Precision is an important consideration in communication. But human language is not capable of exhaustive precision. At some point you have to assume background knowledge or communication will get bogged down.
And not all languages are equally capable of precision in short space. A neat linguistic note from Steven Pinker (The Language Instinct):
When English speakers decide whether or not to put –ed onto the end of a verb, they must pay attention to tense, the relative time of occurrence of the event they are referring to and the moment of speaking. Wintu speakers need not bother with tense, but when they decide which suffix to put on their verbs, they must pay attention to whether the knowledge they are conveying was learned through direct observation or by hearsay.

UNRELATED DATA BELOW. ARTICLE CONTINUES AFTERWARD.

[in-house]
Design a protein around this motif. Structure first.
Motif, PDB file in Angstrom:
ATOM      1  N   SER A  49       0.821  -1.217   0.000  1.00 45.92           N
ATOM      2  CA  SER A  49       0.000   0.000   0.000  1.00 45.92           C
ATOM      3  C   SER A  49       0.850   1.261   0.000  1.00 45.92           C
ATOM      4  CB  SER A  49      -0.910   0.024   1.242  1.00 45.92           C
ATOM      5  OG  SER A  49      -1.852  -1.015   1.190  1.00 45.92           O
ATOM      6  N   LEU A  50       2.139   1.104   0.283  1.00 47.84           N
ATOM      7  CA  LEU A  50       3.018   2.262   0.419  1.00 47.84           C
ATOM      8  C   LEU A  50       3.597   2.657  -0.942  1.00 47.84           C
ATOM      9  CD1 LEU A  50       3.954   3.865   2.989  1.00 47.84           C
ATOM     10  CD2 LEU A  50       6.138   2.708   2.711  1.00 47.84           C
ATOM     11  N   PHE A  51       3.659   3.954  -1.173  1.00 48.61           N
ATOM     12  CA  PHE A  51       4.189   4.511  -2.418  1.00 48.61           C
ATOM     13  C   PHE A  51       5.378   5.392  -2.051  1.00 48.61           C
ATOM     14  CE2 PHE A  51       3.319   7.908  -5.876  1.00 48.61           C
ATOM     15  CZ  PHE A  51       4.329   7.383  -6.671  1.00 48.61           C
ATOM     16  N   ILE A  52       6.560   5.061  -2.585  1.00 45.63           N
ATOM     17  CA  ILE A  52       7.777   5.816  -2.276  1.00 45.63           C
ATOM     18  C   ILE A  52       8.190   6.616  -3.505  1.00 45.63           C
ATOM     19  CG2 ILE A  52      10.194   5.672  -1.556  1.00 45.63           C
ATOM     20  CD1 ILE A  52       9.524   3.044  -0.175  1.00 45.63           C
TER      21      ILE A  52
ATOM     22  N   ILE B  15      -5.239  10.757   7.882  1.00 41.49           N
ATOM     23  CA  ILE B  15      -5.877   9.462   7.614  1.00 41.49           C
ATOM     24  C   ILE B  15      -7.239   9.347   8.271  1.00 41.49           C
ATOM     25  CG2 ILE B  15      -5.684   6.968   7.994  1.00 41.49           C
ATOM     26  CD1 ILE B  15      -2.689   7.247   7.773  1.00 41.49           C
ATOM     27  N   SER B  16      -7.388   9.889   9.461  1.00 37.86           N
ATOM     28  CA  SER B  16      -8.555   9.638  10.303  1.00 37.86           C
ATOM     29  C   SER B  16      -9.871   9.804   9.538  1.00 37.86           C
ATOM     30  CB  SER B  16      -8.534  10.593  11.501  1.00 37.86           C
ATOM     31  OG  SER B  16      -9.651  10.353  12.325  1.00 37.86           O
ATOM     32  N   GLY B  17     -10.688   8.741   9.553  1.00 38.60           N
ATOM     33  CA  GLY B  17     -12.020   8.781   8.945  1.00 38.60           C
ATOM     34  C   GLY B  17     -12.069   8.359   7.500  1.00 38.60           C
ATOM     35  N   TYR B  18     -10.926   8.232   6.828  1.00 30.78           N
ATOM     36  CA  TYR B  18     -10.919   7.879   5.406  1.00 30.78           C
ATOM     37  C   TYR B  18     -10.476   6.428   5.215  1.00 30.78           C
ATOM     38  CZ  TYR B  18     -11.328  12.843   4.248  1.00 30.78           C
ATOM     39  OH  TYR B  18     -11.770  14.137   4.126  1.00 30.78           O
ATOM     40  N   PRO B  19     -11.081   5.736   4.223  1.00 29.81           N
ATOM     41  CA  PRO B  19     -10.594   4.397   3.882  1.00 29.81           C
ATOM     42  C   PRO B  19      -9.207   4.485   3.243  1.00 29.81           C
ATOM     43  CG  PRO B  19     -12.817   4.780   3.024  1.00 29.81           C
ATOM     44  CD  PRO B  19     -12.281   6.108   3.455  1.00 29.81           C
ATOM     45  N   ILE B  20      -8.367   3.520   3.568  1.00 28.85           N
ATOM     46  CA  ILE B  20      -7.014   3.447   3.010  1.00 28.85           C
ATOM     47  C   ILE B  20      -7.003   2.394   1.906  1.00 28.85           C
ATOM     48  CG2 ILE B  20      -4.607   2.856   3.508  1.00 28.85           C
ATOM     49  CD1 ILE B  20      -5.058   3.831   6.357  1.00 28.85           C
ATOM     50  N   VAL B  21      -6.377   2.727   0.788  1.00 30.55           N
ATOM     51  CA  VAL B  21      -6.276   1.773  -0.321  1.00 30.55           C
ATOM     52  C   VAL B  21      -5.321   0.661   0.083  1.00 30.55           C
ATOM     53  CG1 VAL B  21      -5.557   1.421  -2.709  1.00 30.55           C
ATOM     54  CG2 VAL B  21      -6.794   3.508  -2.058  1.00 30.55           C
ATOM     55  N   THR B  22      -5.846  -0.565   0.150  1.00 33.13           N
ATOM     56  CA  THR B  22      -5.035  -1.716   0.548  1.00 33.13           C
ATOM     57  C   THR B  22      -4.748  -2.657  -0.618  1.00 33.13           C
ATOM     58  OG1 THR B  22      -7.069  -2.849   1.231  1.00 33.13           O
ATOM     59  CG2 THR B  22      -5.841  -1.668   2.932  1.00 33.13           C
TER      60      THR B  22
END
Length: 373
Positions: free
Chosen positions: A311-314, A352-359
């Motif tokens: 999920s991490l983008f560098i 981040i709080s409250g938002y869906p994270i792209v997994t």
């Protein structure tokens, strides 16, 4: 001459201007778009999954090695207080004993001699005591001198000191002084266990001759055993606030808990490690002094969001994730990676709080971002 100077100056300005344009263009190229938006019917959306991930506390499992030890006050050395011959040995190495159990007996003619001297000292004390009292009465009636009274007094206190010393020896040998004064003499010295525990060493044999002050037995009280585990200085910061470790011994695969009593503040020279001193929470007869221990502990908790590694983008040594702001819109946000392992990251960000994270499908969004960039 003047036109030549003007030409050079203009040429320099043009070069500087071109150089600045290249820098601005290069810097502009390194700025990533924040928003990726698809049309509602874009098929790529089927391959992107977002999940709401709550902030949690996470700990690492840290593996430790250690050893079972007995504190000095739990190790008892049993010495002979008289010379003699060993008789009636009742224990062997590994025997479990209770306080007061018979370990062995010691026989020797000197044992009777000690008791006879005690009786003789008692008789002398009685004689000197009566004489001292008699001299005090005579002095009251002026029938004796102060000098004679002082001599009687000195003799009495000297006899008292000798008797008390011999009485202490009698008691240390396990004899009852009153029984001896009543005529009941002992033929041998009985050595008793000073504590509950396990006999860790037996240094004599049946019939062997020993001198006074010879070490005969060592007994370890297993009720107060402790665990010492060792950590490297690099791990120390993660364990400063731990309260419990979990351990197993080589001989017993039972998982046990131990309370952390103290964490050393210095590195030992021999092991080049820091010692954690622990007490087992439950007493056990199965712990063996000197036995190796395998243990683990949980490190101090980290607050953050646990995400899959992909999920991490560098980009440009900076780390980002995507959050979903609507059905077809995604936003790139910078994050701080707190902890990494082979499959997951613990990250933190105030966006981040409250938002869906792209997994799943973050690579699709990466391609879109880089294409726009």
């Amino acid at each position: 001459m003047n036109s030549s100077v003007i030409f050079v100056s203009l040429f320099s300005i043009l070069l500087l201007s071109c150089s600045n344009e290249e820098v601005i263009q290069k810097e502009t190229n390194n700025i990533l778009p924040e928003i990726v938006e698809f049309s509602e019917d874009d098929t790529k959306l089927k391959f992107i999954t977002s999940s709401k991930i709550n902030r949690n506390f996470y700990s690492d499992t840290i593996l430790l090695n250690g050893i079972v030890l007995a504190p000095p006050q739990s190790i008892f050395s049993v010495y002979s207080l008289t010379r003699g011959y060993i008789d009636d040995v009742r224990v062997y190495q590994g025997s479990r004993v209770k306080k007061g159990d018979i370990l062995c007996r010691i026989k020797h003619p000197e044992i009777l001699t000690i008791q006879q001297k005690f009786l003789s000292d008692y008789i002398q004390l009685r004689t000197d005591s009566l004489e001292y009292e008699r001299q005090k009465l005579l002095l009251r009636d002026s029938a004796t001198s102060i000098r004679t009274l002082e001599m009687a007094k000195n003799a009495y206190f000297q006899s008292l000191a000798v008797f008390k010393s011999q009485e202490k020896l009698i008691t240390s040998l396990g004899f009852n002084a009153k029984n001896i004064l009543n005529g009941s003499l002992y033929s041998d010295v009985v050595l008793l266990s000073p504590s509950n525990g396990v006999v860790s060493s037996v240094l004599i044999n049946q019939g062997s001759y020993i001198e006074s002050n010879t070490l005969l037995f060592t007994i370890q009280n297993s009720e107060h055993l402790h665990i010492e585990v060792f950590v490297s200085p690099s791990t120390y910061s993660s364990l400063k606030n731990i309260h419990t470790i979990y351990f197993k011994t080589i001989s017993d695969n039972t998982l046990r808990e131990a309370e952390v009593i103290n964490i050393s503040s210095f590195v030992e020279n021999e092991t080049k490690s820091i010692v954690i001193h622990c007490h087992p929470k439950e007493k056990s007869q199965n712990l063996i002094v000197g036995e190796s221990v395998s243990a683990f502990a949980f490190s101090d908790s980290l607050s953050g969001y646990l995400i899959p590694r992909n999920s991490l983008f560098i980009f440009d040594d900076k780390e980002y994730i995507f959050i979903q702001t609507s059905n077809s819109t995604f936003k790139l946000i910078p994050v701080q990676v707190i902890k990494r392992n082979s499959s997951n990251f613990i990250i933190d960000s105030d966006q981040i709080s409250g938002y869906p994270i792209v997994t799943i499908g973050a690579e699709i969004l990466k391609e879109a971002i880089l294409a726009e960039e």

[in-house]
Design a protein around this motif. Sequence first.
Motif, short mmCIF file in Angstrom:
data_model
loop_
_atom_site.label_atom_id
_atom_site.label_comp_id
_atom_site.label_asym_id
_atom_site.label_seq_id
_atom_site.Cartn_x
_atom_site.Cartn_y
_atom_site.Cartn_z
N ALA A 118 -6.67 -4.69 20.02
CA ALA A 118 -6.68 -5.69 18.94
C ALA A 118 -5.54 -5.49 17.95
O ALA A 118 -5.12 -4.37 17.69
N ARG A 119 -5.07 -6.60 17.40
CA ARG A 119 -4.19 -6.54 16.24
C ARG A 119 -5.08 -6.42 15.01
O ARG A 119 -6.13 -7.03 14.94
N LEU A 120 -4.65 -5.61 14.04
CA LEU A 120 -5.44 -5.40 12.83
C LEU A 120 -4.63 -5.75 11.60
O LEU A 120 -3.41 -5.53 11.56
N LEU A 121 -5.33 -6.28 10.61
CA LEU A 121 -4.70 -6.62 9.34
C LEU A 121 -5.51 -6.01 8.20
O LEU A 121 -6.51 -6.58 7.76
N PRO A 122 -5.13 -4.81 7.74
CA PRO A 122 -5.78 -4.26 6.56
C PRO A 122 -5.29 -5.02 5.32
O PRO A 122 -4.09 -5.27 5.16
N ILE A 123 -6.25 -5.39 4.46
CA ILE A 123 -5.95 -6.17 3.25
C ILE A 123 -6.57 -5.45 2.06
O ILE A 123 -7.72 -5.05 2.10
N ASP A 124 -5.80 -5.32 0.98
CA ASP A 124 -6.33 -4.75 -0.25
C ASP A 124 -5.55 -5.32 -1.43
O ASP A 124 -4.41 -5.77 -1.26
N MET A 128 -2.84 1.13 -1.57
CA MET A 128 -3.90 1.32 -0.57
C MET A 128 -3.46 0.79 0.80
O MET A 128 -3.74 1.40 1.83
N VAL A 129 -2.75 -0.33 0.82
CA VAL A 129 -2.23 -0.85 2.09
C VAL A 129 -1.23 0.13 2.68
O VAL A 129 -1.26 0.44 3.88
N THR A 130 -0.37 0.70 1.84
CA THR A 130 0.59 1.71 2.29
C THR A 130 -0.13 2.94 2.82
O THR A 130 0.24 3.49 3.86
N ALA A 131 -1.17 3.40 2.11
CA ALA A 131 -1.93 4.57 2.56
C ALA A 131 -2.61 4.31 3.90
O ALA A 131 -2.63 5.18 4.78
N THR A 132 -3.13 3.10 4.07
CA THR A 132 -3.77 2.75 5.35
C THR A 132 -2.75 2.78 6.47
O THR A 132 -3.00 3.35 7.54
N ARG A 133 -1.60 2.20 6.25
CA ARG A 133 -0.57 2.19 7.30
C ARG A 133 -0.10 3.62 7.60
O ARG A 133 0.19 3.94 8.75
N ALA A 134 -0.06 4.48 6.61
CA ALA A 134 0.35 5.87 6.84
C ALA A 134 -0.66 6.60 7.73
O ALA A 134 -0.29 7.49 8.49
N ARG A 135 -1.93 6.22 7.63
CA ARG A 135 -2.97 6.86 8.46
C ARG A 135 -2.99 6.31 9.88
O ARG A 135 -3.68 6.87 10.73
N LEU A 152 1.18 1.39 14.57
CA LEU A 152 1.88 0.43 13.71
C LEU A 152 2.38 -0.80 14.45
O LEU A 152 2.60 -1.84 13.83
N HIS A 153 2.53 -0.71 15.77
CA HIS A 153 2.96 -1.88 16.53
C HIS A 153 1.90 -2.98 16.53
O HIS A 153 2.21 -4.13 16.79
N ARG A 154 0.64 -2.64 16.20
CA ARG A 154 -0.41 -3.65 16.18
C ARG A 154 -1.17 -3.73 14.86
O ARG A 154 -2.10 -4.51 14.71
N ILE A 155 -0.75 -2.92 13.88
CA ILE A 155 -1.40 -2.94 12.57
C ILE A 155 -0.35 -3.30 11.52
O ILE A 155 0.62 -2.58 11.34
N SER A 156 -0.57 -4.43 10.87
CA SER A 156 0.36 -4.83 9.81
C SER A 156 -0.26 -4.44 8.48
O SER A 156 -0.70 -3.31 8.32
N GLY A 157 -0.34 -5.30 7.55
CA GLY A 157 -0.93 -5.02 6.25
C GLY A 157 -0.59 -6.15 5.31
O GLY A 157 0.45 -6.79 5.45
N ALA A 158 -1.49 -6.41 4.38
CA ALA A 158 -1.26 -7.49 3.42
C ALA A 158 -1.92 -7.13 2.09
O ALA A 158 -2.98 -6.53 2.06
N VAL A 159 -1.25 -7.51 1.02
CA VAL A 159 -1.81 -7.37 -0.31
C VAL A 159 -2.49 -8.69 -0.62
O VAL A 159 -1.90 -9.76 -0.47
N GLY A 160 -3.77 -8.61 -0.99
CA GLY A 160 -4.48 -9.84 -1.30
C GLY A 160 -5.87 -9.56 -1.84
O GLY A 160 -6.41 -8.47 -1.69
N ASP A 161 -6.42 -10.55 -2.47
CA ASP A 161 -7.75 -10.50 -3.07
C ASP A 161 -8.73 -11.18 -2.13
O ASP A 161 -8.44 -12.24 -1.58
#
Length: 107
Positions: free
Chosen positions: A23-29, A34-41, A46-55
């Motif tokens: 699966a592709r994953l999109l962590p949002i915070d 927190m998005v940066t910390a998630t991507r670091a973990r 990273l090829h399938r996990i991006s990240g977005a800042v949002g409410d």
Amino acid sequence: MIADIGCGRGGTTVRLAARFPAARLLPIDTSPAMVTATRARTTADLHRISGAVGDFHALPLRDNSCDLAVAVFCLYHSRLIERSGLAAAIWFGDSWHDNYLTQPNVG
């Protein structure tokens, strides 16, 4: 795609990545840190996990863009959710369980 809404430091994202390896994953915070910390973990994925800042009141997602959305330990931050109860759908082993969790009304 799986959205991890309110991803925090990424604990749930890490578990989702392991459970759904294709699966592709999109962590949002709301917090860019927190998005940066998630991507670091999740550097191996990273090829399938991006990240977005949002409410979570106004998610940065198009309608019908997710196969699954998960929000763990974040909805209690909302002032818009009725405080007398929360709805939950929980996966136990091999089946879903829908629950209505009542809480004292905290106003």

English speakers can communicate this, too, but not within the verb itself. Sometimes the demands of economy will outweigh the demands of precision, and this level of precision—which Wintu demands everywhere—can be safely ignored by English speakers. And that’s okay!
I’ve always found chapter 6—”Words and Precision”—of this free online book by Vern Poythress to be helpful.